Rev. Peter JB Carman, Binkley Baptist Church (Chapel Hill)When the Apostle Paul wrote to the church in Galatia about baptism, it seems he had a whole lot more than water on his mind. He was writing to a church divided right from the very beginning. While he was welcoming in the non Jewish pagans, others weren’t so sure. While he was trying to help negotiate the beginnings of a multi-cultural Christian faith, others were, even from the very beginning, more comfortable with those who were their own people. Jews had every reason to be suspicious of Romans—after all they had suffered under the hand of their occupation governments for many years.
Rev. Deborah PattersonBabylonian captivity. I believe we are there again, both literally and figuratively. We are literally in Babylon as American troops serve in an unending war in Iraq, the new name for that land. And, working with parish nurses, daily I hear stories which attest that we are figuratively being held captive by a health system that excludes millions, bankrupts millions, and keeps millions in jobs they despise but need for health insurance. Doctors are held captive by reimbursement plans that penalize them for spending more than 7 or 8 minutes with patients. Nurses are held captive by staffing patterns that keep them working longer shifts, with more and sicker and patients to care for. Churches are being held captive by health insurance costs that prevent them from being able to call full-time pastors.
Ellen Davis, Duke Divinity School (Durham)Reading the Bible is my line of work, yet for years I read past the first chapter’s detailed attention to the food supply, as have my fellow biblical scholars. I now realize that my profession’s obliviousness about food in the Bible points to a deep and worrisome difference between a modern cultural mindset and the culture that all the biblical writers represent. The difference comes down to this: for them, eating and agriculture have to do with God, and for us they do not.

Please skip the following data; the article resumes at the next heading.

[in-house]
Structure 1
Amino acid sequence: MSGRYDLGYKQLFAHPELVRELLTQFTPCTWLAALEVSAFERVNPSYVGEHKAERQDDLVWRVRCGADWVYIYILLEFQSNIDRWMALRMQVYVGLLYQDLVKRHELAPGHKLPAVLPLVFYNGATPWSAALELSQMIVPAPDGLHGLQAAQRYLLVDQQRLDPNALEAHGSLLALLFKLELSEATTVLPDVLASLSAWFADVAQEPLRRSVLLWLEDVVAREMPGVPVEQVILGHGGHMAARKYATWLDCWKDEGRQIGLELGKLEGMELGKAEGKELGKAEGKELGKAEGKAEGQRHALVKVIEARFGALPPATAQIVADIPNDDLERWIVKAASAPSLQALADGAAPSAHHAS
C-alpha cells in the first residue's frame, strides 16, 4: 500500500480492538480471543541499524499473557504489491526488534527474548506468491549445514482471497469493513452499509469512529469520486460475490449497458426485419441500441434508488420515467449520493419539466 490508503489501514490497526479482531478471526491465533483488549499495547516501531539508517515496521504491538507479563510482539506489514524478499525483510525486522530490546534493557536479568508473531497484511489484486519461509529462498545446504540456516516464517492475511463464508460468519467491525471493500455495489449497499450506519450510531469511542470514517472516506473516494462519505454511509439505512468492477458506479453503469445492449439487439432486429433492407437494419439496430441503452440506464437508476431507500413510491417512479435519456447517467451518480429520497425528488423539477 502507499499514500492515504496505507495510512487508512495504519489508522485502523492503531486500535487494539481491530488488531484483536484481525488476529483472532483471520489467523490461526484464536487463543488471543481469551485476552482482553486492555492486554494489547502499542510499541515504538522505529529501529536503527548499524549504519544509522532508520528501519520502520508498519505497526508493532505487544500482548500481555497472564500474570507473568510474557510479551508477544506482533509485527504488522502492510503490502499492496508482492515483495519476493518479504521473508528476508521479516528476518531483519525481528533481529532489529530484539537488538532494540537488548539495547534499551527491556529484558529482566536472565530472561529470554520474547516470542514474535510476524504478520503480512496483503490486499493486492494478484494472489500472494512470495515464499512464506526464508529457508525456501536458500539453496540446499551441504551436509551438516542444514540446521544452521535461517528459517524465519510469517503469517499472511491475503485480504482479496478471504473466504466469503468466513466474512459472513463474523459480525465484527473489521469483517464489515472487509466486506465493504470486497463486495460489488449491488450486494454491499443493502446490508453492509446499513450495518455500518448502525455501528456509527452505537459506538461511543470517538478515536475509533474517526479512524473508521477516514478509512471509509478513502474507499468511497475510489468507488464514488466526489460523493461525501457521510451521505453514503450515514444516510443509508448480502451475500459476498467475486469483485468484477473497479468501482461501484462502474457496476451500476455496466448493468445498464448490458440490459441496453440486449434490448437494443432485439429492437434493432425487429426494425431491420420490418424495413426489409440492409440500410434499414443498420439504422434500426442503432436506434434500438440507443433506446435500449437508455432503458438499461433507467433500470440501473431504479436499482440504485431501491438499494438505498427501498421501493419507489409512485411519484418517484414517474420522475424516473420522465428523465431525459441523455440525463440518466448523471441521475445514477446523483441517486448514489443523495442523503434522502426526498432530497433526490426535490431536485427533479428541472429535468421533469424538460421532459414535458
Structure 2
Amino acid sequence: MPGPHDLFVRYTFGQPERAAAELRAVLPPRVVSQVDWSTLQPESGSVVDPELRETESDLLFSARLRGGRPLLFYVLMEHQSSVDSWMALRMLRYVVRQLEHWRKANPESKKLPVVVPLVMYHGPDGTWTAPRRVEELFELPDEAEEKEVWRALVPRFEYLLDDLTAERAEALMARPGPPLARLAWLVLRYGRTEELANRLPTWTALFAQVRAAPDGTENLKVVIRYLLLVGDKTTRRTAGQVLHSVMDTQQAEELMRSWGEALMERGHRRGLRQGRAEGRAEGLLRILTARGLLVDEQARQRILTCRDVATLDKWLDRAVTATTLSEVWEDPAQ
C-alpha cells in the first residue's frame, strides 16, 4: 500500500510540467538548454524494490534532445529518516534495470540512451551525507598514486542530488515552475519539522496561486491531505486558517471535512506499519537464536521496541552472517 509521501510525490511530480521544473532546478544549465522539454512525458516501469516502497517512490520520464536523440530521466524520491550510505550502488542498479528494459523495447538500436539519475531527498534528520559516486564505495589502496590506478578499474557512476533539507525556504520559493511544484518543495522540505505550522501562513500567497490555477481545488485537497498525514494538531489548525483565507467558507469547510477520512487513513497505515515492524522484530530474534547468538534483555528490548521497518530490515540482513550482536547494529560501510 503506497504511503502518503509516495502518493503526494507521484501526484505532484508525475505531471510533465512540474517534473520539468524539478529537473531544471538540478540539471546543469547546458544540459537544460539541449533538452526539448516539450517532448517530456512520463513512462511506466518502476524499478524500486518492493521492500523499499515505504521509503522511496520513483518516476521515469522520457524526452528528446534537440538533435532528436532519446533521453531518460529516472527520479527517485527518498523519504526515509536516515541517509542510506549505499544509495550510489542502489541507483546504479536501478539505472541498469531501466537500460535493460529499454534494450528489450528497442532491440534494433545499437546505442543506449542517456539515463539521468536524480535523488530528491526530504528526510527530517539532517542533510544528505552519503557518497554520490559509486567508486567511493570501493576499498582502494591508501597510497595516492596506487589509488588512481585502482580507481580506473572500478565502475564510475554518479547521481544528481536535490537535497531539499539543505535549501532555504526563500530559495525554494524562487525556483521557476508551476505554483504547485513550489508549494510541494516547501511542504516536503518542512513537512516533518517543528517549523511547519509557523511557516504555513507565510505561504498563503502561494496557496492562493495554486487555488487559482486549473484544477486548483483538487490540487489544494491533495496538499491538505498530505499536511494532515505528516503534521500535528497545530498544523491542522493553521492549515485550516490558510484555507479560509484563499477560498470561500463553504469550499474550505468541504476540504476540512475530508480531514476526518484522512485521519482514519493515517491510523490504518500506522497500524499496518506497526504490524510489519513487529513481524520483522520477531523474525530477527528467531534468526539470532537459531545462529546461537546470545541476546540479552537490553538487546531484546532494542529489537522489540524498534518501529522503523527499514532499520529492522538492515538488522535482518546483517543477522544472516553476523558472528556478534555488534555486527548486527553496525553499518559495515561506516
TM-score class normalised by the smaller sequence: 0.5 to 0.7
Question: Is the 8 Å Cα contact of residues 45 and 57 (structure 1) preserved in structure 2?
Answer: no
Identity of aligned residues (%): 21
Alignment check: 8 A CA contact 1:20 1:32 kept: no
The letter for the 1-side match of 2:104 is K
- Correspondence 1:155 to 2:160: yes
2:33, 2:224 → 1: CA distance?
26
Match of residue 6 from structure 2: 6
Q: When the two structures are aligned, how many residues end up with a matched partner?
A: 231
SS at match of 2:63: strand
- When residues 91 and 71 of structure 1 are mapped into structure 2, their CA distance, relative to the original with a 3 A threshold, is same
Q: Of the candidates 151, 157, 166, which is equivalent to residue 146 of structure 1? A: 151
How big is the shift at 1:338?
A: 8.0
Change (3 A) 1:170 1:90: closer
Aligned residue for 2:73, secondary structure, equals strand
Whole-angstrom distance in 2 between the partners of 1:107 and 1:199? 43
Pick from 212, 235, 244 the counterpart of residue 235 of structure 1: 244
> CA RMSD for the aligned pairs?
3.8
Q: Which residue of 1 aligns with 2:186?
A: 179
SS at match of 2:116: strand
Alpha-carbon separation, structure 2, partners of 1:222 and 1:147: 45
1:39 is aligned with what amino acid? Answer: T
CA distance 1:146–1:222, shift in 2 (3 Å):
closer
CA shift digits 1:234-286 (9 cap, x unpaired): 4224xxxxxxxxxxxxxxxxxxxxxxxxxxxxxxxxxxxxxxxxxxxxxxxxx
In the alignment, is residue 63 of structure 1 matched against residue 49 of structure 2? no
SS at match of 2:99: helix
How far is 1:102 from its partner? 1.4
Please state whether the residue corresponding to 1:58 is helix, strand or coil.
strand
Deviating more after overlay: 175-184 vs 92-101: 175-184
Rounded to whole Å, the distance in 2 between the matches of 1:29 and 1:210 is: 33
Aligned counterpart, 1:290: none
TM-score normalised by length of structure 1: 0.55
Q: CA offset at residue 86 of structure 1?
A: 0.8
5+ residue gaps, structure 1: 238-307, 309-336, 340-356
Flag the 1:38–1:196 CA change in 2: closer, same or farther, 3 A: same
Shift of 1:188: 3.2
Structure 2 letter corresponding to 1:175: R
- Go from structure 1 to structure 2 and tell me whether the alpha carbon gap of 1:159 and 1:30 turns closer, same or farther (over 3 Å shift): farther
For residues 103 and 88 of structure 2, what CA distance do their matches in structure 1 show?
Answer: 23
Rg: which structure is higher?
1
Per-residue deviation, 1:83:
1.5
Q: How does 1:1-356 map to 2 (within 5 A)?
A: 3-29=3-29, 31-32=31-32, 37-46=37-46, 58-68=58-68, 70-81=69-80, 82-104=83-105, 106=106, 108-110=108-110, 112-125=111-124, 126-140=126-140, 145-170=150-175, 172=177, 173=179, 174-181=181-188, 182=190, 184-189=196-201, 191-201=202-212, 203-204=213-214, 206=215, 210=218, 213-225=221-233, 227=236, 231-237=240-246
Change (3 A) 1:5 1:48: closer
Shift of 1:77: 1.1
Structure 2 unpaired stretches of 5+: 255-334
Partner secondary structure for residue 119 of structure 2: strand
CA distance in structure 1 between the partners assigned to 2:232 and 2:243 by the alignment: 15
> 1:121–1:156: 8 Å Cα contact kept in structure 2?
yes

Rev. Mel Williams, Watts Street Baptist Church (Durham)William Blake was a poet who understood the meaning of mercy—the unearned, undeserved gift of God’s grace. Mercy is the character of God; mercy is God’s very self-understanding. When we beg for mercy, or forgiveness, we are reaching for God, for God is mercy. This is the character of God, stated throughout the Old Testament: “The Lord is merciful and gracious, slow to anger, and abounding in steadfast love.
Rev. Dr. Sam Wells, Duke University Chapel (Durham)These are the kinds of images that come into our minds when we hear the word peace. Such a diverse range of uses makes the word peace seem either vague and idealistic or cynical and manipulative. The New Testament is neither vague nor idealistic nor cynical nor manipulative. It has two words for peace. One of those words is Jesus. Ephesians chapter 2 gives us perhaps the most concise description of the way Jesus is peace. Here are the five ways that Jesus is peace. All of them center on the word “one.”